At length, shortly after midnight, Captain Nemo by a supreme effort succeeded in folding his arms across his breast, as if wishing in that attitude to compose himself for death.
By one o’clock his glance alone showed signs of life. A dying light gleamed in those eyes once so brilliant. Then, murmuring the words, “God and my country!” he quietly expired.
Cyrus Harding, bending low closed the eyes of him who had once been the Prince Dakkar, and was now not even Captain Nemo.
Herbert and Pencroft sobbed aloud. Tears fell from Ayrton’s eyes. Neb was on his knees by the reporter’s side, motionless as a statue.
Then Cyrus Harding, extending his hand over the forehead of the dead, said solemnly, “May his soul be with God!” Turning to his friends, he added, “Let us pray for him whom we have lost!”
Some hours later the colonists fulfilled the promise made to the captain by carrying out his dying wishes.
Cyrus Harding and his companions quitted the “Nautilus,” taking with them the only memento left them by their benefactor, the coffer which contained wealth amounting to millions.
The marvelous saloon, still flooded with light, had been carefully closed. The iron door leading on deck was then securely fastened in such a manner as to prevent even a drop of water from penetrating to the interior of the “Nautilus.”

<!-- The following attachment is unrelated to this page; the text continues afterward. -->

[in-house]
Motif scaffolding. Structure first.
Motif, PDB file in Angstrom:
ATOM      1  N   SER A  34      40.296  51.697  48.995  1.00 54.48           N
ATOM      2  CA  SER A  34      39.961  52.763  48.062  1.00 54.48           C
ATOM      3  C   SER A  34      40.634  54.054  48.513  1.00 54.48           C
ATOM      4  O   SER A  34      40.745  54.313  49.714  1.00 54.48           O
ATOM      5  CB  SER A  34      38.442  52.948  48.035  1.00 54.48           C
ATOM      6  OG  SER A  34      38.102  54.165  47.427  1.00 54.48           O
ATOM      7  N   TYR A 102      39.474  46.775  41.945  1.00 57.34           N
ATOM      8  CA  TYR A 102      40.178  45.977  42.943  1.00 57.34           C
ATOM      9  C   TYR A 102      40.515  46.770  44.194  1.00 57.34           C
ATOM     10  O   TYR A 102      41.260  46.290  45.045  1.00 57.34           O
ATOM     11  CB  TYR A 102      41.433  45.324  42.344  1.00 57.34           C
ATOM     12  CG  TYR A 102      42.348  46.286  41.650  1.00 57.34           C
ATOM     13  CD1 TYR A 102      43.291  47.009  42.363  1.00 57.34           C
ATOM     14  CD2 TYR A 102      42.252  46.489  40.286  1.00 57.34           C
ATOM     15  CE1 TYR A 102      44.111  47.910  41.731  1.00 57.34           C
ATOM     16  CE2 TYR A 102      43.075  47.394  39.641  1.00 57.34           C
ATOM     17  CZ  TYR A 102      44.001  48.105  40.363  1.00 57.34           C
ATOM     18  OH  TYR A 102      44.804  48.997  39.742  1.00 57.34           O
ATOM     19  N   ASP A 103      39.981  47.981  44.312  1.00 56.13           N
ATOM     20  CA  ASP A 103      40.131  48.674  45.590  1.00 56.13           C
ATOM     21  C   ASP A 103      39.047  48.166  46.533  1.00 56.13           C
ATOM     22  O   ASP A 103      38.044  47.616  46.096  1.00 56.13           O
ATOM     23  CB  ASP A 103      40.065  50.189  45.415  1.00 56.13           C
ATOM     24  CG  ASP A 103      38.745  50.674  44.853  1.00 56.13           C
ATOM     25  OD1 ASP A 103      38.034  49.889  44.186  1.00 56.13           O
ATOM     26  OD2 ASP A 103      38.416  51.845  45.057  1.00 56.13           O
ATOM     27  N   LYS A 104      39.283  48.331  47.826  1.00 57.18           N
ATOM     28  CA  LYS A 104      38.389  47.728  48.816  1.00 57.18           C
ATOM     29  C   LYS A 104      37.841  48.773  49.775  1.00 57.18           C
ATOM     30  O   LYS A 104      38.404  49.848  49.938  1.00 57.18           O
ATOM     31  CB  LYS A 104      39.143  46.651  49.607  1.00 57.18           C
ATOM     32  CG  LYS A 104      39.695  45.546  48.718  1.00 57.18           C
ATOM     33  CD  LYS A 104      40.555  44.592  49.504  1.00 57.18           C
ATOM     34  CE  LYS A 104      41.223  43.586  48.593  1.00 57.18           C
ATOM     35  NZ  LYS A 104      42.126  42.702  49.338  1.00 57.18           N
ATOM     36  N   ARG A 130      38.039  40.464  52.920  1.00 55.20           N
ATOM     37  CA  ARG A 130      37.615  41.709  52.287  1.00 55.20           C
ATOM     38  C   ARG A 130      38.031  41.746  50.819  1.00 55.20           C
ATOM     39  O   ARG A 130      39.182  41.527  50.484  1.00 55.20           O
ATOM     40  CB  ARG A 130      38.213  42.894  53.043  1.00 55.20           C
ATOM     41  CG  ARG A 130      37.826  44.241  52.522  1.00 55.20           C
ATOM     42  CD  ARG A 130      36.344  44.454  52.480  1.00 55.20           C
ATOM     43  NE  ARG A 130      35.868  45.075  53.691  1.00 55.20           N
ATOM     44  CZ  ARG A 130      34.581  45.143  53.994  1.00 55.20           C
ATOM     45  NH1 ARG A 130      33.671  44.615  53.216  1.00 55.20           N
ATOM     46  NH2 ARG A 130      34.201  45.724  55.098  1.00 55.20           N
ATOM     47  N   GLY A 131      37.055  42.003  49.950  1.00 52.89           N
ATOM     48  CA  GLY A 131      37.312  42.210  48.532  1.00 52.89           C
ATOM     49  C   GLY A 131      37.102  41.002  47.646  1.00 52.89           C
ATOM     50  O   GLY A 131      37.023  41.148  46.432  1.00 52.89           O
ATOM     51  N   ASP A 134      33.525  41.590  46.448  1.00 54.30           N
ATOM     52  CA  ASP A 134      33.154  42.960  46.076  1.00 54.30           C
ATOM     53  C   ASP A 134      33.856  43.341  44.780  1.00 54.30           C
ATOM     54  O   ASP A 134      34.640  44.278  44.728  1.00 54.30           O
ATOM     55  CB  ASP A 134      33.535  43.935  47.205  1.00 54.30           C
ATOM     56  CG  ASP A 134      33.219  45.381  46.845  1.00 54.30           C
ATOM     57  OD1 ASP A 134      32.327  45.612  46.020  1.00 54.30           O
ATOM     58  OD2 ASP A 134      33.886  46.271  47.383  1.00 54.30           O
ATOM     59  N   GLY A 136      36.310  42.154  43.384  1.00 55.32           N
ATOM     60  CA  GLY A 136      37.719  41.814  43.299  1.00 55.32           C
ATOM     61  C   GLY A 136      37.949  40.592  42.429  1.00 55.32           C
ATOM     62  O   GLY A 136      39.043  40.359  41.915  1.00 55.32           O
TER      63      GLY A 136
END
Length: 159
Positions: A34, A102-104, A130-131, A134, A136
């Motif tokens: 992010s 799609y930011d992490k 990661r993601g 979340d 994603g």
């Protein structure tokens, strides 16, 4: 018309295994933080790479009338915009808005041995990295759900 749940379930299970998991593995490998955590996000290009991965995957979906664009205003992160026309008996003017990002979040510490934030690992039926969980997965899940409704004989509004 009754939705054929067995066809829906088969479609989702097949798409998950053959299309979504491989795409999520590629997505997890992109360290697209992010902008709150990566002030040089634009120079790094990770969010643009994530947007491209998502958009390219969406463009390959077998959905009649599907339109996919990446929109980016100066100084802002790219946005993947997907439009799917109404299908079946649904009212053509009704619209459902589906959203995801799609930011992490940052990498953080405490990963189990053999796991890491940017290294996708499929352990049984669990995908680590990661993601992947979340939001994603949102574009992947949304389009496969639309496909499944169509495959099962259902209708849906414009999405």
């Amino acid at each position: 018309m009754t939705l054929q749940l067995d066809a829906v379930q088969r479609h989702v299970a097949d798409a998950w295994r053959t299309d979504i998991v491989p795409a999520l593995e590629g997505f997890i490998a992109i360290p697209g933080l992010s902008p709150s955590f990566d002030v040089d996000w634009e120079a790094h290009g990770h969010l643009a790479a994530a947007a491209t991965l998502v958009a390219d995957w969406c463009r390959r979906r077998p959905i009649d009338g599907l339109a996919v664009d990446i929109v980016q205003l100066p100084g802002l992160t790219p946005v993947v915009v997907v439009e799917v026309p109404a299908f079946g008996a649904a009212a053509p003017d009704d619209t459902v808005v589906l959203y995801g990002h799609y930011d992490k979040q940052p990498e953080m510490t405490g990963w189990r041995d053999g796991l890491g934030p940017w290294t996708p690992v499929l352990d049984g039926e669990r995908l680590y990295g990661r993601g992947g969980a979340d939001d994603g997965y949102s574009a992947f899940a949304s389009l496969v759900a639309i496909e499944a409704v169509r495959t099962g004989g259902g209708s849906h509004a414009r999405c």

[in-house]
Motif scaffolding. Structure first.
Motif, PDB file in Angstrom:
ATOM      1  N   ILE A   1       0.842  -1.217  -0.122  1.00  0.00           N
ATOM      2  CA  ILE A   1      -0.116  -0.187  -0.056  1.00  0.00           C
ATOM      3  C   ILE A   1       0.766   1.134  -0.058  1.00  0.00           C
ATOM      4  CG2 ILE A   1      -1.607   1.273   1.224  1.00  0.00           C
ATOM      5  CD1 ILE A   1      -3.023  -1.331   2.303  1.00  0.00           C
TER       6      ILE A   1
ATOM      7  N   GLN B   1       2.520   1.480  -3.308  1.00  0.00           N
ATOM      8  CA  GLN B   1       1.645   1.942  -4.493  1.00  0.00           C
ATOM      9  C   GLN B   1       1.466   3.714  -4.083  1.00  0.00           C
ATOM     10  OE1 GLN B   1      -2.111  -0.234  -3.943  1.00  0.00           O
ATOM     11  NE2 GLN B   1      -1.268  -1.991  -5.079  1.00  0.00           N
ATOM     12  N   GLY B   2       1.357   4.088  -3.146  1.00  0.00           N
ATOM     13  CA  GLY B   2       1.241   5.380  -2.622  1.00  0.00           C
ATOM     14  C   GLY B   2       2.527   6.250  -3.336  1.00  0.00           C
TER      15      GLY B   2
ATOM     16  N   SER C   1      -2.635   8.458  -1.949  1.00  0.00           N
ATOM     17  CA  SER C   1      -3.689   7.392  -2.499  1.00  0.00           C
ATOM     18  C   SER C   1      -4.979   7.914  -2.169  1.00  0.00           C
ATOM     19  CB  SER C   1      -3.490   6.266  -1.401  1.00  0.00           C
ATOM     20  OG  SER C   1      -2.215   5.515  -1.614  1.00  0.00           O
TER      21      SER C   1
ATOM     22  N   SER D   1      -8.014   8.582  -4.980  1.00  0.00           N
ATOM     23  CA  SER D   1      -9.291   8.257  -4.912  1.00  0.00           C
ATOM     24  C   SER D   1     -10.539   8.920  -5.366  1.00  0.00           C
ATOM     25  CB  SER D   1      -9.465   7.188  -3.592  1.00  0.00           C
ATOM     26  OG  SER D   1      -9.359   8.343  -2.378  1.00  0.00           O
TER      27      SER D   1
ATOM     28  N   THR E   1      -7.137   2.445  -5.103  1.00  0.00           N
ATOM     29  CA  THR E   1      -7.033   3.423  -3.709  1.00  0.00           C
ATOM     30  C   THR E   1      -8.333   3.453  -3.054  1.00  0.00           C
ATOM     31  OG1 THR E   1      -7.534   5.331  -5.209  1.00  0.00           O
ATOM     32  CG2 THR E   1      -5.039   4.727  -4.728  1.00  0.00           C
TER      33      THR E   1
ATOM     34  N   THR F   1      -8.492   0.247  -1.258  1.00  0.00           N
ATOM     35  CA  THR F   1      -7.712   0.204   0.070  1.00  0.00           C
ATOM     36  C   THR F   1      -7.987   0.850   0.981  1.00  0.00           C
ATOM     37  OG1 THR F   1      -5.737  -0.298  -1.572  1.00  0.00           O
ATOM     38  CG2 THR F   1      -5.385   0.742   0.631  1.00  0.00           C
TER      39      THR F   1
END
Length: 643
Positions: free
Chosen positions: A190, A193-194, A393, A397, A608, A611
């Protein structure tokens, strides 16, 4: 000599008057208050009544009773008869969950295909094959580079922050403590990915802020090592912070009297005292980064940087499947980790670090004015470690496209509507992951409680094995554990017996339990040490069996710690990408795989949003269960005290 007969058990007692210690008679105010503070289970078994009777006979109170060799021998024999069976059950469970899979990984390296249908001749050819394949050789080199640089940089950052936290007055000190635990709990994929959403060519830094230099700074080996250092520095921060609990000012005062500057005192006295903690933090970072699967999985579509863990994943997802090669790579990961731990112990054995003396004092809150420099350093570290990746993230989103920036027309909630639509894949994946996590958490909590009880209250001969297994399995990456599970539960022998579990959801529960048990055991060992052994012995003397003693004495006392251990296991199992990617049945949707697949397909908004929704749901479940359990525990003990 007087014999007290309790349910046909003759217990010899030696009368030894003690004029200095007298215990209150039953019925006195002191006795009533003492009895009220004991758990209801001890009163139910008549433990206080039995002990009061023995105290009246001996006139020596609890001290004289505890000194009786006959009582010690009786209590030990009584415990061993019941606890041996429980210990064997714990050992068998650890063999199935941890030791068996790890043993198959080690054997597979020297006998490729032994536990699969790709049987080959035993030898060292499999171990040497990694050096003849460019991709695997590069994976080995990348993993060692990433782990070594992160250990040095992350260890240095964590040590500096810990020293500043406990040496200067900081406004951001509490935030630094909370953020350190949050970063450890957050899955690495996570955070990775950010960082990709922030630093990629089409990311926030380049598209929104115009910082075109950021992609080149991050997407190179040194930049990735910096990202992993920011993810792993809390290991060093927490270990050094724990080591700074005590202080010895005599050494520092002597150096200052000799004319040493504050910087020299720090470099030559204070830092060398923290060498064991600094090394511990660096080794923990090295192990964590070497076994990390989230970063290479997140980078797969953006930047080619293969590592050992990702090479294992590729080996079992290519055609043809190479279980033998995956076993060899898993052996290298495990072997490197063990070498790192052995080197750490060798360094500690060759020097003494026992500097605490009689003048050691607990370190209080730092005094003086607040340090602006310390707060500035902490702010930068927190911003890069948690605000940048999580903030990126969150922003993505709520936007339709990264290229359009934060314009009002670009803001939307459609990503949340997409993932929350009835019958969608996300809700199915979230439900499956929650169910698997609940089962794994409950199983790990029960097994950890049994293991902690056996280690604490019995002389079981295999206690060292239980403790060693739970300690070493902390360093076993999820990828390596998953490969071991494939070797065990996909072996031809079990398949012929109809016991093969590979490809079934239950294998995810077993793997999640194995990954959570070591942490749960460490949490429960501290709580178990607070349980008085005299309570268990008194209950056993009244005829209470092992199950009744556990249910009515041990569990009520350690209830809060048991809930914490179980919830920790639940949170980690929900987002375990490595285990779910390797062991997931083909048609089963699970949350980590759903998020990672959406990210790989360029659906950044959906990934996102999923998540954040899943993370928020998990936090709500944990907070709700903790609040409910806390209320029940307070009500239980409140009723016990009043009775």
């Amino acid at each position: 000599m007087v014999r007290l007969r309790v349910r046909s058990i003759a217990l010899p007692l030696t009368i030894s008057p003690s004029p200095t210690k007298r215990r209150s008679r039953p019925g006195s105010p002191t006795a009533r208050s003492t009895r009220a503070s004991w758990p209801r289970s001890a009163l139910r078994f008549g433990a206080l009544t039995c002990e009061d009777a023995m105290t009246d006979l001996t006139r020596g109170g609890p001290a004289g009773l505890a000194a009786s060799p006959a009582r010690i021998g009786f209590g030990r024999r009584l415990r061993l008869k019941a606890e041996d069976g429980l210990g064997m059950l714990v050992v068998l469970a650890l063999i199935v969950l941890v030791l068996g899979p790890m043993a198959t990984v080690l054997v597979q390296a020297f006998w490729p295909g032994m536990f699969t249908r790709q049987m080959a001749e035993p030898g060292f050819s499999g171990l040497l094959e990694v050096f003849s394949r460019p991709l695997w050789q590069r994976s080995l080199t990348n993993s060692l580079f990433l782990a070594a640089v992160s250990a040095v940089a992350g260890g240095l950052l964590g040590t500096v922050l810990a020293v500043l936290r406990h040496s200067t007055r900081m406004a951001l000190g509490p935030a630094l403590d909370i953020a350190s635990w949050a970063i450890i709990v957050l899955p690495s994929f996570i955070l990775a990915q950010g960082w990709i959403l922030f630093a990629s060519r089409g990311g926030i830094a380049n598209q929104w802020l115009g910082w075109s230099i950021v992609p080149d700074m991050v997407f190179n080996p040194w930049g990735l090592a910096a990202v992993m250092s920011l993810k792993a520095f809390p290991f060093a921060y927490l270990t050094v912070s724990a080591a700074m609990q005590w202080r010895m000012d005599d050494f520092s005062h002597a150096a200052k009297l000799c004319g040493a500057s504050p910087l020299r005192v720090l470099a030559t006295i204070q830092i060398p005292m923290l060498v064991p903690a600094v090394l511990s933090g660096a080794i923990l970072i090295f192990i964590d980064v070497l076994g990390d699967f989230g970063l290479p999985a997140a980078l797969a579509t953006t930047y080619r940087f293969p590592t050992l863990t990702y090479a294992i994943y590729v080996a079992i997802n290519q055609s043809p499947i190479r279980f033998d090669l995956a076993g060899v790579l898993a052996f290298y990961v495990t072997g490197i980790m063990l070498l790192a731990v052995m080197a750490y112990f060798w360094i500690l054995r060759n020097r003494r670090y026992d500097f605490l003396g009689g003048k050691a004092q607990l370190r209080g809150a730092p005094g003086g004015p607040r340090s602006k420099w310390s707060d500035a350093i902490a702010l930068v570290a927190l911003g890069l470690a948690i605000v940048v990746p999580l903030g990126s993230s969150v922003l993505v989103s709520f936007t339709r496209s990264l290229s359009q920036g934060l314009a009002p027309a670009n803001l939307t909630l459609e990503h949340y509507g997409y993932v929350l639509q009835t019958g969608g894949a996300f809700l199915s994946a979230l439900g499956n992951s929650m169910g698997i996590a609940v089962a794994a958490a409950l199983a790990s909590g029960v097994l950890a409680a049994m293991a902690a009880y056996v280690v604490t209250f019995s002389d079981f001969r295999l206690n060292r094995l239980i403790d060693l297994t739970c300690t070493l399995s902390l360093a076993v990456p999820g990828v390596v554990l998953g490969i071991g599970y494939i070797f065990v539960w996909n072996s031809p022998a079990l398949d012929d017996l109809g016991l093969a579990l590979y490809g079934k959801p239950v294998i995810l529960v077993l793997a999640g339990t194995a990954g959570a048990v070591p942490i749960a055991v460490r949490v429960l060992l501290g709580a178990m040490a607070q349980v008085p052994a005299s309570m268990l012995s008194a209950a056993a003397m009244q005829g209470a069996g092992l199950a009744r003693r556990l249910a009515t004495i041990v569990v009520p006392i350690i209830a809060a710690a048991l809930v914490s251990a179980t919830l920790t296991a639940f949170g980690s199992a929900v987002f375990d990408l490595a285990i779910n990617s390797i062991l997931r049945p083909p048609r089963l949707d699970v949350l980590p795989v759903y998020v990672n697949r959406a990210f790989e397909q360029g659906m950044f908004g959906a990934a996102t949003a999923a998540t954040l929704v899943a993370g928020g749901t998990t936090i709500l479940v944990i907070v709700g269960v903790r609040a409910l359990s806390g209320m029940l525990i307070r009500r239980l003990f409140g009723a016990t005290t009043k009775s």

The colonists then descended into the canoe, which was moored to the side of the submarine vessel.
The canoe was now brought around to the stern. There, at the water-line, were two large stop-cocks communicating with the reservoirs employed in the submersion of the vessel.
The stop-cocks were opened, the reservoirs filled, and the “Nautilus,” slowly sinking, disappeared beneath the surface of the lake.
But the colonists were yet able to follow its descent through the waves. The powerful light it gave forth lighted up the translucent water, while the cavern became gradually obscure. At length this vast effusion of electric light faded away, and soon after the “Nautilus,” now the tomb of Captain Nemo, reposed in its ocean bed.
At break of day the colonists regained in silence the entrance of the cavern, to which they gave the name of “Dakkar Grotto,” in memory of Captain Nemo. It was now low-water, and they passed without difficulty under the arcade, washed on the right by the sea.
The canoe was left here, carefully protected from the waves. As additional precaution, Pencroft, Neb, and Ayrton drew it up on a little beach which bordered one of the sides of the grotto, in a spot where it could run no risk of harm.
The storm had ceased during the night. The last low mutterings of the thunder died away in the west. Rain fell no longer, but the sky was yet obscured by clouds. On the whole, this month of October, the first of the southern spring, was not ushered in by satisfactory tokens, and the wind had a tendency to shift from one point of the compass to another, which rendered it impossible to count upon settled weather.